The Departmental Exam is an oral exam consisting of a critical analysis of one or more recent journal articles, and possibly questions about the student's research project.
The exam is administered and evaluated by a committee of three Chemistry & Biochemistry Faculty: two from the student's research division and one from outside the student’s research division. All three members of the committee continue to serve on the student's Doctoral Committee.
Although students may seek the advice of their research Advisor on specific questions about the paper, practice sessions where the student analyzes the paper with a faculty member present are not allowed. The exam is normally taken in Winter quarter of the student's second year so that students have a chance to complete any recommended or required coursework or TAships in Spring.
The exam must be taken by the last day of Finals week of Winter Quarter. Students receive the paper(s) exactly two weeks prior to the exam date. Students should start trying to schedule the exam immediately.
Only the Graduate Affairs Committee has authority to grant an extension of the March deadline. Failure to take the exam by the end of the sixth quarter may be grounds for dismissal. If a student needs an extension, the Advisor should contact Jeanine Sun (firstname.lastname@example.org), and she will forward the request to Graduate Affairs.
Chair of the committee: Gives the student the paper(s) EXACTLY TWO WEEKS before the date of the exam. If the committee chair will be out of town, s/he should make prior arrangements for another faculty to give the paper(s) to the student, and should verify the student knows who the contact will be. Student: Must be sure to get in touch with the chair to get the assigned paper(s) on time, gives the paper to the rest of the committee 1.5‐2 weeks prior to the exam, and gives the PhD Coordinator a copy of the paper(s) 1.5‐2 weeks prior to the exam.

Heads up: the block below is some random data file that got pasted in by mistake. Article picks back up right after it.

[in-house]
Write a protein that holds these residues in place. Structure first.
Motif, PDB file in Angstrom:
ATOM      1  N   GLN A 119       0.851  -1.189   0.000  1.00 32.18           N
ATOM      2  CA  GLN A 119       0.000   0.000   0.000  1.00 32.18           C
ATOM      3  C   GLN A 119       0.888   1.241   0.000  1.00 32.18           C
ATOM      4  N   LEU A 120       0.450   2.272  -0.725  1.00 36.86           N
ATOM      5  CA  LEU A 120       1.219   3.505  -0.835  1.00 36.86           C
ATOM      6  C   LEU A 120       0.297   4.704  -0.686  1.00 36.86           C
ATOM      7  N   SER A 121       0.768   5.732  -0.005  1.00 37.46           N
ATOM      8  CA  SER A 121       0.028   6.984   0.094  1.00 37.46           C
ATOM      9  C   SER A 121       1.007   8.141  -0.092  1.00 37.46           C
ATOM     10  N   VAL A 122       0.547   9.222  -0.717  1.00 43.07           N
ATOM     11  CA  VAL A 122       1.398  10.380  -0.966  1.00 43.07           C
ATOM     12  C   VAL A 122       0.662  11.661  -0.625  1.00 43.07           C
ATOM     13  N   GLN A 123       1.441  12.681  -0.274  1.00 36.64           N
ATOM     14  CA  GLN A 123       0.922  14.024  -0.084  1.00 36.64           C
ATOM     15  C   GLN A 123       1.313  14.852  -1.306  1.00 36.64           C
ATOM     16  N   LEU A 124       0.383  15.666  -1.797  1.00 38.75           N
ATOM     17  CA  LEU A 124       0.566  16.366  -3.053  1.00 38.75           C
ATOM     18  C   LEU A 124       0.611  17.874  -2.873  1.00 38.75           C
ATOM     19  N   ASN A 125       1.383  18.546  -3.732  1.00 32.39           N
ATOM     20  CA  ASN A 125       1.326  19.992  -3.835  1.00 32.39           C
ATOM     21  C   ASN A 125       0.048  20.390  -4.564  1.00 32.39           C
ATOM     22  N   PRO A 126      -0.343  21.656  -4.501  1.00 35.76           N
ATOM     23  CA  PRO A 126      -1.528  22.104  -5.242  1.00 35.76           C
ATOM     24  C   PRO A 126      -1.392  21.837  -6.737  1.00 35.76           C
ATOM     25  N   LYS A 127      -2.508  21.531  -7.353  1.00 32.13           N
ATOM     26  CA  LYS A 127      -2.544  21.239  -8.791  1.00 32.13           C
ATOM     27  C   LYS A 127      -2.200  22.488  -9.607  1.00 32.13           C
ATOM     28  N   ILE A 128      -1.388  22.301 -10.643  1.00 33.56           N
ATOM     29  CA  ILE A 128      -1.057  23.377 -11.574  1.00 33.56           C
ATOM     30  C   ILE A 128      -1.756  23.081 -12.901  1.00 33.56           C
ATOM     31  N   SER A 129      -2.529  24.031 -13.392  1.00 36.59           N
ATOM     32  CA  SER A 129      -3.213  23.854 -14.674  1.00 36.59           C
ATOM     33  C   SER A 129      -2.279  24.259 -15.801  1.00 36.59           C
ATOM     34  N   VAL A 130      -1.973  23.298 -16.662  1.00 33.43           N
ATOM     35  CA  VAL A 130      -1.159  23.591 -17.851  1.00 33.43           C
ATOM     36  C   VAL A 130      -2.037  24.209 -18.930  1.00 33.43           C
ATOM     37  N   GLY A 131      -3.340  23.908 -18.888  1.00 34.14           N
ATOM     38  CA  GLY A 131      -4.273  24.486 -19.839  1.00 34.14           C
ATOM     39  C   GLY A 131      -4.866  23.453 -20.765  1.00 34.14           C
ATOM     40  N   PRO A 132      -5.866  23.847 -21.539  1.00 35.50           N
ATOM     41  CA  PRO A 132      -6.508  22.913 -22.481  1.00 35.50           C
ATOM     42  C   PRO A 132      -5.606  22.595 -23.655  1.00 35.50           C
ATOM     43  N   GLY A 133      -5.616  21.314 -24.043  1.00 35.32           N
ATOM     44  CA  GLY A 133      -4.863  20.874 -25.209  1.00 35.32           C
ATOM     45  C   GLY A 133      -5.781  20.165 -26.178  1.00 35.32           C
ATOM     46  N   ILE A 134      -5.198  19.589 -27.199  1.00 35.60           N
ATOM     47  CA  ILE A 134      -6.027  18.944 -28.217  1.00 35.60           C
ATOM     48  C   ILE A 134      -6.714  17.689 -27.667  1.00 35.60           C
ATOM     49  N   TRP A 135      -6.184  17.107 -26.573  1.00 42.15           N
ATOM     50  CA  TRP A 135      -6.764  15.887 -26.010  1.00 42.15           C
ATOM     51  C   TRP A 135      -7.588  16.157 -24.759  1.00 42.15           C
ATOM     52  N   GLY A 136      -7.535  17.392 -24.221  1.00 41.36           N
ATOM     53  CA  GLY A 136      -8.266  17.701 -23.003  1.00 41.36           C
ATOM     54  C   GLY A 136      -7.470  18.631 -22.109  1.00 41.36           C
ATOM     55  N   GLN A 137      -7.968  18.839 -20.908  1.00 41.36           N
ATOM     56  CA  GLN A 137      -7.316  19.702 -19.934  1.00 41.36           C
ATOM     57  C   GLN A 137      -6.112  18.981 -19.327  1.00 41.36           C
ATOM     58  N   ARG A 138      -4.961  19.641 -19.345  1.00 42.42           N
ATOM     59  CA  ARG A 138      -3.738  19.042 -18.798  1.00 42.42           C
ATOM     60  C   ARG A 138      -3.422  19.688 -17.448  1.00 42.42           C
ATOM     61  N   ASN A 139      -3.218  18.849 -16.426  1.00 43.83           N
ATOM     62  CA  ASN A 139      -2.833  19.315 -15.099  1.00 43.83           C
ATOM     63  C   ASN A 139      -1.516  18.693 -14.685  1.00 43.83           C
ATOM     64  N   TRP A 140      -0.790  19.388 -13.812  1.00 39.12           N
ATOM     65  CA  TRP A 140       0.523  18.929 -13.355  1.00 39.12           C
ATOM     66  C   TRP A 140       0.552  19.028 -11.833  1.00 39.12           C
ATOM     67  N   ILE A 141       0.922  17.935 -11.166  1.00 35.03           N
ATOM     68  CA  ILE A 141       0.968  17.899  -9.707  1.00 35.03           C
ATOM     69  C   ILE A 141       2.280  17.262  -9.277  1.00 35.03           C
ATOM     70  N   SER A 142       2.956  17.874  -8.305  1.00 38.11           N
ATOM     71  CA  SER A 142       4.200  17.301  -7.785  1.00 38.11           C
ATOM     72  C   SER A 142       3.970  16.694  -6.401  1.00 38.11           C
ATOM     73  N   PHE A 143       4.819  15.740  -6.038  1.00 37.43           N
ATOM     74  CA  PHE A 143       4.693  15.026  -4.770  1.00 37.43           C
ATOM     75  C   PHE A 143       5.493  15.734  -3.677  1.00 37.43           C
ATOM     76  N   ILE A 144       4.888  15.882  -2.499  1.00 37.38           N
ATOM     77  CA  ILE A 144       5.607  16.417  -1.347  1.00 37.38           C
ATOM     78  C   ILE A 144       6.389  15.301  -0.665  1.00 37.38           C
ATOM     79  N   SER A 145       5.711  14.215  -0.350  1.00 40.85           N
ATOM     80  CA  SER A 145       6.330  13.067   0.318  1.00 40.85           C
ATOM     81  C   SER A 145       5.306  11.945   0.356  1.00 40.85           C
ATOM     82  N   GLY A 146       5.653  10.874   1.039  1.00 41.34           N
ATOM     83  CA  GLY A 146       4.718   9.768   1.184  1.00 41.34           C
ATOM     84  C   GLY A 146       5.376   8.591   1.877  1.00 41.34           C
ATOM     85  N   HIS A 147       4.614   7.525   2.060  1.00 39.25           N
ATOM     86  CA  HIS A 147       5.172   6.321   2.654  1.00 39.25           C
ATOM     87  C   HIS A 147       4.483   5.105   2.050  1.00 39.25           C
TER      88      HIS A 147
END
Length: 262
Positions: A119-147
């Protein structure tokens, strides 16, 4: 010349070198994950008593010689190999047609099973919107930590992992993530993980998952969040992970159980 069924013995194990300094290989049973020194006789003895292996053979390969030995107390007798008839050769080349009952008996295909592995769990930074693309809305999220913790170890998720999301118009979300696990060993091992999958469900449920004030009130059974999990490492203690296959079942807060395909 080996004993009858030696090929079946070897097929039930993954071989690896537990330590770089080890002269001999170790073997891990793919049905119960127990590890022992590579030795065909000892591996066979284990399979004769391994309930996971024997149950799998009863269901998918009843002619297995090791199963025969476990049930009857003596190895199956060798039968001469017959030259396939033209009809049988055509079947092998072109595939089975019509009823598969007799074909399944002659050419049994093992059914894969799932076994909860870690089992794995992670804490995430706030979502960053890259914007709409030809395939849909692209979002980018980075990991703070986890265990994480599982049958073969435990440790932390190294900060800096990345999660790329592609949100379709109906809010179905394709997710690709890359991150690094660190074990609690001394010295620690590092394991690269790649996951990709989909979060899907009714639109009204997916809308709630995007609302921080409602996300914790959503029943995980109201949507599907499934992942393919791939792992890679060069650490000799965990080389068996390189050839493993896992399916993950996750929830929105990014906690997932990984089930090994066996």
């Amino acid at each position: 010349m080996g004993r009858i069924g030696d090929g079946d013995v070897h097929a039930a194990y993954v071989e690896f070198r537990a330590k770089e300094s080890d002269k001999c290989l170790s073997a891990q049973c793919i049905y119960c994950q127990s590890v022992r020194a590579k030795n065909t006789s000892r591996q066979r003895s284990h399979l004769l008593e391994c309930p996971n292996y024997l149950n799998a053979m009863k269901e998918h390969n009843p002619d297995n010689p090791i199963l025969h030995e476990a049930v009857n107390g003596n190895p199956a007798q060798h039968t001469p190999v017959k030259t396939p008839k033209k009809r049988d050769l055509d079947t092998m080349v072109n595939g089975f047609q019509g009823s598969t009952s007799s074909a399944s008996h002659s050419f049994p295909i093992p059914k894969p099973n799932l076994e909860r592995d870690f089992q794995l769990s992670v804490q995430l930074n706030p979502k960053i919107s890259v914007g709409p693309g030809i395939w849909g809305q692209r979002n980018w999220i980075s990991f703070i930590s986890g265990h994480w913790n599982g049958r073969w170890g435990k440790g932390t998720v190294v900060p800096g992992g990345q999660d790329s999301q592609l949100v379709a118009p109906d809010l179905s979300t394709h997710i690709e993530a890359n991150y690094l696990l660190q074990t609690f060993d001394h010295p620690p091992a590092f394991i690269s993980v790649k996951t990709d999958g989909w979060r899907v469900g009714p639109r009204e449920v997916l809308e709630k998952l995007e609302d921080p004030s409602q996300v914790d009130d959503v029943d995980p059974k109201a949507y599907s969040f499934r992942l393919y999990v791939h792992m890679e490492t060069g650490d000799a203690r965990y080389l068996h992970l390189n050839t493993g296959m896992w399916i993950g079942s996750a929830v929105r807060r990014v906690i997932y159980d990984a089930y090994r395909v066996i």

Read and understand ALL the references in your paper but don't get bogged down. It is more important to discuss things in terms of your past course work than to report what others say with little understanding.
Practice your presentation in private and before an audience that is encouraged to interrupt with questions. In seminars notice how "experts" present their research, how they respond to questions, and what kinds of questions committee members might ask. Your Advisor (or any Faculty member) may not participate in your practice presentation.
Be reassured that you are probably the expert on your paper, since you have devoted more time to it than any member of your Committee. On the other hand, your committee members are usually knowledgeable about the logic of science and about the general chemistry (physics, biology) that underlies your topic. Therefore, it is a wise move to review your past coursework, especially in areas related to your topic and your area of research.
Some Departmental Exam Committees ask students about how their thesis research is progressing. This discussion may contribute to the evaluation of performance on the Departmental Exam. Therefore, it is advisable to review your ongoing research and future plans so that you can describe these if asked.
The presentation should answer the following questions:
What was the scientific context of the paper? What was the objective of the research?
What methods and techniques were used to attain the objective?
What are the results?
How do the results lead to conclusions?
Helpful hints to students: Plan to take 20‐30 minutes to present your paper. Get to the point quickly. Avoid irrelevancies. Save details for responses to specific questions that ask for them.
In examining the assigned research paper(s), students should also consider the following critical questions:
Is the experimental method sound?
What explicit or implicit assumptions have been made in interpreting the results? Are they valid? Is the reasoning leading from results to conclusions sound?